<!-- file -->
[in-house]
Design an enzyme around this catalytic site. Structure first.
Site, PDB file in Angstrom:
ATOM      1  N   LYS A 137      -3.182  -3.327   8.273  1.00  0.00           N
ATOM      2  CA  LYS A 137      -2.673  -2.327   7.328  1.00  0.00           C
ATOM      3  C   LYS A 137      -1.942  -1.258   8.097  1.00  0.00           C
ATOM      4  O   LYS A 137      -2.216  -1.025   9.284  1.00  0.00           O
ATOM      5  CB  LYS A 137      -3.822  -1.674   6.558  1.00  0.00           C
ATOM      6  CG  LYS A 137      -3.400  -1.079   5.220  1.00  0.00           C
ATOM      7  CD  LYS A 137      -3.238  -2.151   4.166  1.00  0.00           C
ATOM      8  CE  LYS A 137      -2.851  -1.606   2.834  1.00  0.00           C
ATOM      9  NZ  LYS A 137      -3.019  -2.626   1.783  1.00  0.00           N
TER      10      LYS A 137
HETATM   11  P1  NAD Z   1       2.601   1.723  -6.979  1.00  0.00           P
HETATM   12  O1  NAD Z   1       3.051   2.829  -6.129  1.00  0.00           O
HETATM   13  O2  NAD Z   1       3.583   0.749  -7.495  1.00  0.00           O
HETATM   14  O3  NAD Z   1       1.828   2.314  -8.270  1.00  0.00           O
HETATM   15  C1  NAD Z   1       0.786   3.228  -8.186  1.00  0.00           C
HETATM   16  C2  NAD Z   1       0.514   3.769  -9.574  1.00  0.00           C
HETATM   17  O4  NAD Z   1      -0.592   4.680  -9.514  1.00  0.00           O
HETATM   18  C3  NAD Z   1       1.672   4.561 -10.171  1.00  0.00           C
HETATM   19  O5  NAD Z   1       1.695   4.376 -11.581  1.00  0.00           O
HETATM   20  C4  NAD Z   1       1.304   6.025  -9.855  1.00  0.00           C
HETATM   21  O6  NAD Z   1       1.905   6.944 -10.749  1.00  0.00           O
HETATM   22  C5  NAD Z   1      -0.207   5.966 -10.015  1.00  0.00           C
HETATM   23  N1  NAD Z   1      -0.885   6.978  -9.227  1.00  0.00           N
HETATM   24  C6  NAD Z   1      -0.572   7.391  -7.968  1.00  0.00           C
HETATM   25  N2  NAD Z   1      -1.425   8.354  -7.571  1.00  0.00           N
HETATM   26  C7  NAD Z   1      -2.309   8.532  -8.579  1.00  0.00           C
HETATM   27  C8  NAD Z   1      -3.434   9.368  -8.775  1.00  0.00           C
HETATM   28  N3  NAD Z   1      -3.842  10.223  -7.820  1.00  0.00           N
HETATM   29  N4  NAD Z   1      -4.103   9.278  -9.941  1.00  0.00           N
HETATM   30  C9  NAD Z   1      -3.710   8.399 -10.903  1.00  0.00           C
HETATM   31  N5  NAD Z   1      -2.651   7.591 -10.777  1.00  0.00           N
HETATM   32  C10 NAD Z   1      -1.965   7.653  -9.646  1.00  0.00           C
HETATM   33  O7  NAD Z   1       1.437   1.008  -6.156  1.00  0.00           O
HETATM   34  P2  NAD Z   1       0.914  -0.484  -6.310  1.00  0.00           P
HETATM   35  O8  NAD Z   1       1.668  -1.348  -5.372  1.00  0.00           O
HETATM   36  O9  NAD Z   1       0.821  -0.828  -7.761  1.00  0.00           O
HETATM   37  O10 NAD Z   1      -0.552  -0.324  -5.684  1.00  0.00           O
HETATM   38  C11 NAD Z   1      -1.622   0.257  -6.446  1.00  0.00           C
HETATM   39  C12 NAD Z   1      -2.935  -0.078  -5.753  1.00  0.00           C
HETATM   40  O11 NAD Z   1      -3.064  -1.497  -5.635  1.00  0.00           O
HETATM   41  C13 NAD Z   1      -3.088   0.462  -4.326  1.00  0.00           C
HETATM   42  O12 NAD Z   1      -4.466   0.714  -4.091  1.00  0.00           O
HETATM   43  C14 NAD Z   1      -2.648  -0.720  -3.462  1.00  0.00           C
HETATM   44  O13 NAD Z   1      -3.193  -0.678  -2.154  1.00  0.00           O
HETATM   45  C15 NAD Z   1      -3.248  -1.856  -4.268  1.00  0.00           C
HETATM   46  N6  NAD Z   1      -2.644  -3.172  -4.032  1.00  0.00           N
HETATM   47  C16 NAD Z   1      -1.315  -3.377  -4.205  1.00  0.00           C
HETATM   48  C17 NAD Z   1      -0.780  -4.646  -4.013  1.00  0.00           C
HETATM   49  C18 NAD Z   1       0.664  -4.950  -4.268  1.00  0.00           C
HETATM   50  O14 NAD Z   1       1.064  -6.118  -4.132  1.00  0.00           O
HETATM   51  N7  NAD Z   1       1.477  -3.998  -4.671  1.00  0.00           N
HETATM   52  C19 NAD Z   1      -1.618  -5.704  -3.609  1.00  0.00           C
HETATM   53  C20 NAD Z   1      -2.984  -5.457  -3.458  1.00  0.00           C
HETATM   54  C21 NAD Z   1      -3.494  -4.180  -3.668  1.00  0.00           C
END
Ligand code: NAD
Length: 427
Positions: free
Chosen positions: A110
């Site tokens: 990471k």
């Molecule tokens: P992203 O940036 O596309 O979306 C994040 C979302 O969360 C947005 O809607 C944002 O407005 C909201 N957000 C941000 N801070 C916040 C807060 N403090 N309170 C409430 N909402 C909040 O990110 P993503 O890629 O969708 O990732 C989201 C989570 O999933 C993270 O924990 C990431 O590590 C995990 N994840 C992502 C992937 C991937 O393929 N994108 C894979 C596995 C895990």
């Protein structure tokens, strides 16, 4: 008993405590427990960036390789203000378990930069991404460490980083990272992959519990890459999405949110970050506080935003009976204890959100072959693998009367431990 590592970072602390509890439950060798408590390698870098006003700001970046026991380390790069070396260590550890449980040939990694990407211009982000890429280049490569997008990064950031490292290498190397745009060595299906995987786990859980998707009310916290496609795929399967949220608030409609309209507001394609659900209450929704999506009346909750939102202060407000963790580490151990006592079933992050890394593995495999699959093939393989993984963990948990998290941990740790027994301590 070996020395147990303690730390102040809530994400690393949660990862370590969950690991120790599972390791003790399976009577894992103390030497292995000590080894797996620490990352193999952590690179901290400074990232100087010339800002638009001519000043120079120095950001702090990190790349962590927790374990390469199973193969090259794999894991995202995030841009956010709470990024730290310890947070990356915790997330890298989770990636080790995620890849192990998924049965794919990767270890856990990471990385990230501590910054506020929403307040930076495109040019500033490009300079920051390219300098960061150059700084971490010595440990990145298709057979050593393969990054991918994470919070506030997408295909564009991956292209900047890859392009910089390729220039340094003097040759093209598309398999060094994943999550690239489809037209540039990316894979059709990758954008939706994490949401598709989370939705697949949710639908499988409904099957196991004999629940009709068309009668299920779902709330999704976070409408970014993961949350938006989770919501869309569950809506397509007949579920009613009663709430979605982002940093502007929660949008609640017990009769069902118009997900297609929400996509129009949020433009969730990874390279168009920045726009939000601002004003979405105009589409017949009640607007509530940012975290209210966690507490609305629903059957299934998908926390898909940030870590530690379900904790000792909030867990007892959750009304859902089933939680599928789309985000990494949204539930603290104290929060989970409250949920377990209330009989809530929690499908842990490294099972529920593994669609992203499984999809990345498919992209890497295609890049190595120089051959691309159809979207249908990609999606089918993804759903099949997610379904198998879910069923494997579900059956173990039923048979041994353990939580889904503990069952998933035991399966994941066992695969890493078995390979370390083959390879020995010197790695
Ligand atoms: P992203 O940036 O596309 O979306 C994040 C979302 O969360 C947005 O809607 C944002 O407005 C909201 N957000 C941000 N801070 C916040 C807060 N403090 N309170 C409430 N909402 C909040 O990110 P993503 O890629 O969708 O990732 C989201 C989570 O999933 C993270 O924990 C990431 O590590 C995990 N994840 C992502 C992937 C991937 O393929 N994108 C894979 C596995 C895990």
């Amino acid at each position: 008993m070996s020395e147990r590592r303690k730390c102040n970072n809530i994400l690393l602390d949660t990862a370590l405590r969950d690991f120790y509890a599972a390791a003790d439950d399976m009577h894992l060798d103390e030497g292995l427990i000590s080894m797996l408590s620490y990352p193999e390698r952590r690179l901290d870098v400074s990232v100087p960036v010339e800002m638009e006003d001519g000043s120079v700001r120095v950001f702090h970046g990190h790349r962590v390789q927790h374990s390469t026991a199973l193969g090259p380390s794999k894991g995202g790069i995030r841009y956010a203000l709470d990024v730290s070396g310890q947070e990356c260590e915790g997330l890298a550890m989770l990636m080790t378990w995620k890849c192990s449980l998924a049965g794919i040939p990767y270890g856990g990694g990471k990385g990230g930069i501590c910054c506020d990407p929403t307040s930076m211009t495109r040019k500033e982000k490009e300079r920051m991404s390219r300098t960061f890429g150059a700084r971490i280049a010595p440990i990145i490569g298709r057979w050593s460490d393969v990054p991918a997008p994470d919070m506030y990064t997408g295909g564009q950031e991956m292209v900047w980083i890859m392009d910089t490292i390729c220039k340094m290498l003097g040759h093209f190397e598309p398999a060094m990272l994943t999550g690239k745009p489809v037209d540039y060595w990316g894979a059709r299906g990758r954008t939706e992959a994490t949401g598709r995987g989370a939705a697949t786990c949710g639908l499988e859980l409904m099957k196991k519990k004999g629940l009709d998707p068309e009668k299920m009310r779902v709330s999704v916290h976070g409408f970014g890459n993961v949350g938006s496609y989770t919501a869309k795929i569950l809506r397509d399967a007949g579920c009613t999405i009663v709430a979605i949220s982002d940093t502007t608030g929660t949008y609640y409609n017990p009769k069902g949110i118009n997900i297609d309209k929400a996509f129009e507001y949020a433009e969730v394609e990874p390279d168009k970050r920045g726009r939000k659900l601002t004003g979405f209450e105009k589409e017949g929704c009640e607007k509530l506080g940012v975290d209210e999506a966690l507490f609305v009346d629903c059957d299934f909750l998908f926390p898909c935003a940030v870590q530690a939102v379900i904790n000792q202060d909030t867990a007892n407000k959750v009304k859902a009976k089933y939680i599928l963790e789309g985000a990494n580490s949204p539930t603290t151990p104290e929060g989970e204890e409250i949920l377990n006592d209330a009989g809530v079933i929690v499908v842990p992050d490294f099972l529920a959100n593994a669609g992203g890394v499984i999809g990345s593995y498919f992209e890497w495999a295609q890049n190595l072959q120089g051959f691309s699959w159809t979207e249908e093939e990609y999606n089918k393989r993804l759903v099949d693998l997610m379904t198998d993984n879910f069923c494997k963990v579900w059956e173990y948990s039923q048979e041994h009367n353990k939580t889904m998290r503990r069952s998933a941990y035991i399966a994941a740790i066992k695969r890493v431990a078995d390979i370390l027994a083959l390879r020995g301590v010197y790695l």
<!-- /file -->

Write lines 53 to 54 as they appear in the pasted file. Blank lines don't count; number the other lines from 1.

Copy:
HETATM   50  O14 NAD Z   1       1.064  -6.118  -4.132  1.00  0.00           O
HETATM   51  N7  NAD Z   1       1.477  -3.998  -4.671  1.00  0.00           N